Nepenthes suratensis has no known natural hybrids.[3]

Related species[edit]

The pitchers of N. andamana (pictured) differ from those of N. suratensis in having narrower wings, a cylindrical peristome, and a smaller, ovate mouth.

Nepenthes suratensis appears to be most closely related to N. andamana.[2][3] It is also similar to the other Indochinese endemics, including N. bokorensis, N. kerrii, and N. kongkandana.[2]

Nepenthes suratensis can be distinguished from all of these species on the basis of its caducous indumentum, which is restricted to the upper parts of the plant and is up to 0.3 mm long. In contrast, N. andamana has a caducous indumentum up to 0.8 mm long that is restricted to the extremities of the upper stem leaves,[7] N. bokorensis has a variable but persistent indumentum covering all vegetative and floral parts,[8] N. kerrii has a persistent indumentum restricted to the leaf axils,[9] and N. kongkandana has persistent hairs covering the whole plant.[2] The lamina shape is also distinct, being linear to lanceolate.[3] Both N. kerrii[9] and N. kongkandana have obovate laminae, whereas those of N. bokorensis are wider (up to 8 cm versus up to 4 cm). Nepenthes bokorensis also differs in having ebracteate pedicels and a wider peristome in lower pitchers (20 mm versus 10 mm).[2][8]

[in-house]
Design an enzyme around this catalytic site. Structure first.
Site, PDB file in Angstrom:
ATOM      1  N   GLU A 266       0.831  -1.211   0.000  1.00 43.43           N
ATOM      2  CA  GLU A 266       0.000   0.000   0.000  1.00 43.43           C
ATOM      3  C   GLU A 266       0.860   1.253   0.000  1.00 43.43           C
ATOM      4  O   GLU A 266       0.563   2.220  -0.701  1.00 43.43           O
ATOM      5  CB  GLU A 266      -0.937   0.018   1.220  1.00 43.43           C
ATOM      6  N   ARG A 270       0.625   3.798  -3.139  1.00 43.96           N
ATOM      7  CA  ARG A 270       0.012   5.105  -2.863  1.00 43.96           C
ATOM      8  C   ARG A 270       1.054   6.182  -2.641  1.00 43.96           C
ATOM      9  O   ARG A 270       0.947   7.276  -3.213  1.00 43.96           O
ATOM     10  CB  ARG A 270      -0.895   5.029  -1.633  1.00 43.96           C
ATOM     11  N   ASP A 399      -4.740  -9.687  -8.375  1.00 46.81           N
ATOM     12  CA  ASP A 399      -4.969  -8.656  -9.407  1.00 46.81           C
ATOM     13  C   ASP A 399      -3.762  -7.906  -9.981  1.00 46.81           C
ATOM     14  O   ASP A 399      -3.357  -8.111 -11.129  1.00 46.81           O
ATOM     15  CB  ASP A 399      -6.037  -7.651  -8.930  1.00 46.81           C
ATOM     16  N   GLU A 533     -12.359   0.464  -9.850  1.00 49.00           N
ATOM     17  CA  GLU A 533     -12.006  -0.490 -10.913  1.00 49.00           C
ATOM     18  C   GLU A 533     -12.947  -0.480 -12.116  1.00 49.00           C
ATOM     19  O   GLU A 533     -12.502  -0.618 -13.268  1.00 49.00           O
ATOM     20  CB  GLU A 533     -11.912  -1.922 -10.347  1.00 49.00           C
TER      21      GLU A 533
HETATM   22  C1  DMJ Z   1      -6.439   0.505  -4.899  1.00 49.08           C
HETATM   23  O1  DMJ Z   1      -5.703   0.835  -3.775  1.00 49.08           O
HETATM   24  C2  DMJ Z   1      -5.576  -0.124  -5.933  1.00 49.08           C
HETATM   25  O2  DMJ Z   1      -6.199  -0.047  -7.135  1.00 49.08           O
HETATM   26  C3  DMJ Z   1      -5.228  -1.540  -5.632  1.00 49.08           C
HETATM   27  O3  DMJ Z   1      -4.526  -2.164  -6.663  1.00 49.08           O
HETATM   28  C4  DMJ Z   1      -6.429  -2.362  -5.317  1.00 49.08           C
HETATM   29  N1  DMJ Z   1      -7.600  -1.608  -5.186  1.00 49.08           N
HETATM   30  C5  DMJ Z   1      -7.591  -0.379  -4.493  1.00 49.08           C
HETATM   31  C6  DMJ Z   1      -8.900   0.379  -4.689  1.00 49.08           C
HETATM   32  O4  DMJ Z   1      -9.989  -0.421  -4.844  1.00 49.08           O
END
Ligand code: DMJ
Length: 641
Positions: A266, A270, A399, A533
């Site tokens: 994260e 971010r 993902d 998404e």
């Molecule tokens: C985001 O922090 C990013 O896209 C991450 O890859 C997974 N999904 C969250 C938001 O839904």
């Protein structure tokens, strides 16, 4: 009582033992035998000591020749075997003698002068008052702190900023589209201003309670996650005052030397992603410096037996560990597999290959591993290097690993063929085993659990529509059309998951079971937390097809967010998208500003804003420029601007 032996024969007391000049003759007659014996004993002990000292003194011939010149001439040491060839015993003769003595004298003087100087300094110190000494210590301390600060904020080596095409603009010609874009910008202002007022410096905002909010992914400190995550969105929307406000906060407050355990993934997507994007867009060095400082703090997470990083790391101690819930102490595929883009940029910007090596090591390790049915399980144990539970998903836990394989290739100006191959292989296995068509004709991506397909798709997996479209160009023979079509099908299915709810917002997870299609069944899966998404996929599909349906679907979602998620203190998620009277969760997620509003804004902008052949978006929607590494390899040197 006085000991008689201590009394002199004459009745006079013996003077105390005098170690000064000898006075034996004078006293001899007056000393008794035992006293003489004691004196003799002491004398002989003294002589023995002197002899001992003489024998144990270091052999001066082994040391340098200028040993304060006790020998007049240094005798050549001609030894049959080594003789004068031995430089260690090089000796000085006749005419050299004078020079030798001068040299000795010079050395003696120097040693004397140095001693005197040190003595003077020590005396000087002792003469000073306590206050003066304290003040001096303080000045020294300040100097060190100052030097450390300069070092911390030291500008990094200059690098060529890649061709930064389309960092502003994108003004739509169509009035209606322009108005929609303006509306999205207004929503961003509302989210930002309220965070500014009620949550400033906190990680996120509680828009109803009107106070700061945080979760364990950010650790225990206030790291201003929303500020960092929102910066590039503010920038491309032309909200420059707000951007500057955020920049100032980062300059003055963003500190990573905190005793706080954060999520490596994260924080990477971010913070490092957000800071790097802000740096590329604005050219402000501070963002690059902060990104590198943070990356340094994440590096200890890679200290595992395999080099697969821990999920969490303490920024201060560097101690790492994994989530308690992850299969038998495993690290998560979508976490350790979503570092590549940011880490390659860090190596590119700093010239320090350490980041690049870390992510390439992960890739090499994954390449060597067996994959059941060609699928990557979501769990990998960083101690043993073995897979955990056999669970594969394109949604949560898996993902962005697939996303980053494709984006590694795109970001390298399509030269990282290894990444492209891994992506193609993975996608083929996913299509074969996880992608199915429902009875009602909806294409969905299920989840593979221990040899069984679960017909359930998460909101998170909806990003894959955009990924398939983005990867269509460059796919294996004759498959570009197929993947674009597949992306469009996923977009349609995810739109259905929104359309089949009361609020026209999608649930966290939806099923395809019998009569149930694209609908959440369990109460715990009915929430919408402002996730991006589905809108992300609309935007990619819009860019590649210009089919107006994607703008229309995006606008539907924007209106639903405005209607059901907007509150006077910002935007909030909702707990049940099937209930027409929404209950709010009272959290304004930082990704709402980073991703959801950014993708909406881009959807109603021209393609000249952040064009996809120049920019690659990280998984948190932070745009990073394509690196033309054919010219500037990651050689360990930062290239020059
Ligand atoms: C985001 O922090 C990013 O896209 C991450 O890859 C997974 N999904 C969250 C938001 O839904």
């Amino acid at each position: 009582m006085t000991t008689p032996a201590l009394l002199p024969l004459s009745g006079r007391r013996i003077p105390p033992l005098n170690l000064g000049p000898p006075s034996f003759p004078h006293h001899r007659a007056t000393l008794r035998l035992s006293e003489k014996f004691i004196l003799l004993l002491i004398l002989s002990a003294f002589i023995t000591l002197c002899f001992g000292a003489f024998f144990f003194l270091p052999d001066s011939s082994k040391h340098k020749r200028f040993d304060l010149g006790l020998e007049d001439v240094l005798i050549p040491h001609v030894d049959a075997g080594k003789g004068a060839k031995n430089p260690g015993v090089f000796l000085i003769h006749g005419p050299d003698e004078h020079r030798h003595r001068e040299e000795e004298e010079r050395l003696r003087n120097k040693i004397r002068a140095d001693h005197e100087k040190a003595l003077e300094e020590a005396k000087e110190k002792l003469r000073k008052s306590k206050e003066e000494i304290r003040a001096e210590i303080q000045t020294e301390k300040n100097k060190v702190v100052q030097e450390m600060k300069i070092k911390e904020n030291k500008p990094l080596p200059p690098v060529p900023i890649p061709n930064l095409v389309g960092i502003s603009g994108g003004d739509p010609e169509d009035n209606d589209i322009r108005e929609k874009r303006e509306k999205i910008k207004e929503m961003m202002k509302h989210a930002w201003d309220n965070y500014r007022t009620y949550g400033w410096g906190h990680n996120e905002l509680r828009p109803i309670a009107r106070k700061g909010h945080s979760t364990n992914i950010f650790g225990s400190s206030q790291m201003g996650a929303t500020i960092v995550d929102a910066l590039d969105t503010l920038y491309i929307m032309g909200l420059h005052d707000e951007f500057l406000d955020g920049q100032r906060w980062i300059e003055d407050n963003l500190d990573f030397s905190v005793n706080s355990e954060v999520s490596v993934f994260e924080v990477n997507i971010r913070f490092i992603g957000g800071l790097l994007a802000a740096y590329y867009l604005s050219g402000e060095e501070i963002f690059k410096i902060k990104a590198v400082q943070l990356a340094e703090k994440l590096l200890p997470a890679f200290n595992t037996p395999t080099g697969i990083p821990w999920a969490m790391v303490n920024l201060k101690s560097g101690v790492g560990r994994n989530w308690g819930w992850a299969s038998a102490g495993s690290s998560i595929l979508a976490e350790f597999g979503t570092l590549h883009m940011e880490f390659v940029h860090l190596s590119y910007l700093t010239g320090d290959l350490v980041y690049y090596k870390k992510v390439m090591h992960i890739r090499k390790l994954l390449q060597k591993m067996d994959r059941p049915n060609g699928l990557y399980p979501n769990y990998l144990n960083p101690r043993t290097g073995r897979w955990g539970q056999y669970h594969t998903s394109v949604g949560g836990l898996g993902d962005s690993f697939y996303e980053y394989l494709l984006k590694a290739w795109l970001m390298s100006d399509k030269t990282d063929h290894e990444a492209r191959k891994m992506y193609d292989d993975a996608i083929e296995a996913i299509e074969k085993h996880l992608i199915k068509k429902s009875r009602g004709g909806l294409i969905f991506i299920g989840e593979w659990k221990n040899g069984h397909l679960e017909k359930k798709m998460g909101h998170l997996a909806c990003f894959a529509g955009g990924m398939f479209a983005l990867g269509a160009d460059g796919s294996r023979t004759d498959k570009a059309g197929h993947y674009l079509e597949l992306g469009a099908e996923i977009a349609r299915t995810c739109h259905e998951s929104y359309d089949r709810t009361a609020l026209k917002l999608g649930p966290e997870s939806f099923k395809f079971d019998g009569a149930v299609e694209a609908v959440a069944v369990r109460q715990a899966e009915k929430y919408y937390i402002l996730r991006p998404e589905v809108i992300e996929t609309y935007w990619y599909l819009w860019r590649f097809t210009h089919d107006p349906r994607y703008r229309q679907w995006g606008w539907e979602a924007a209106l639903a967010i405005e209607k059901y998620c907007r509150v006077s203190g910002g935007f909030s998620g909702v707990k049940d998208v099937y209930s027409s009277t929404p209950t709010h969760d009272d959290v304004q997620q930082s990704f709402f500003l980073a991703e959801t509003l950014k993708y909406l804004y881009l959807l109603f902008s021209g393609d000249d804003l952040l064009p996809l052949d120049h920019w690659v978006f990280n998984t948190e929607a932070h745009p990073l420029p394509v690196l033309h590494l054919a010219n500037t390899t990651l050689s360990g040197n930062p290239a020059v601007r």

In his description of N. suratensis, Catalano also noted a number of other vegetative and floral features that separate this species from N. andamana.[2] The male flowers of N. andamana have red tepals and the androphore reaches only 1 mm in length, whereas those of N. suratensis have green tepals with red margins and a longer androphore of up to 3 mm. Additionally, the flower bracts are bent outwards in the former and inwards in the latter. The extent of the glandular zone on the inner pitcher surface is more variable in N. suratensis, ranging from one-third to two-thirds of the trap's height. In N. andamana, it only covers around half of the inner surface. Both the lower and upper pitchers of N. suratensis have wider wings: up to 12 mm versus up to 6 mm in lower traps, and up to 3 mm versus up to 1 mm in aerial pitchers. Nepenthes suratensis also has a characteristically flattened peristome, unlike the cylindrical lip found in N. andamana. Furthermore, the pitcher lid of N. suratensis is broadly to narrowly ovate and typically somewhat smaller than the trap's orifice, whereas that of N. andamana is orbicular to broadly ovate and usually slightly larger than the mouth. The lid of N. suratensis is also distinct in that it often has irregularly wavy margins and bears a small depression under its apex. In N. suratensis, the pitcher mouth is triangular as opposed to ovate, and larger in relation to the size of the trap. The spur of this species is also shorter, being 3–5 mm long, compared to 5–7 mm in N. andamana. The upper pitchers of N. andamana often have a lighter pigmentation than those of N. suratensis, typically being whitish throughout. In addition, these traps often have a slightly lobed outer margin, a feature that is absent in N. suratensis.[2][7]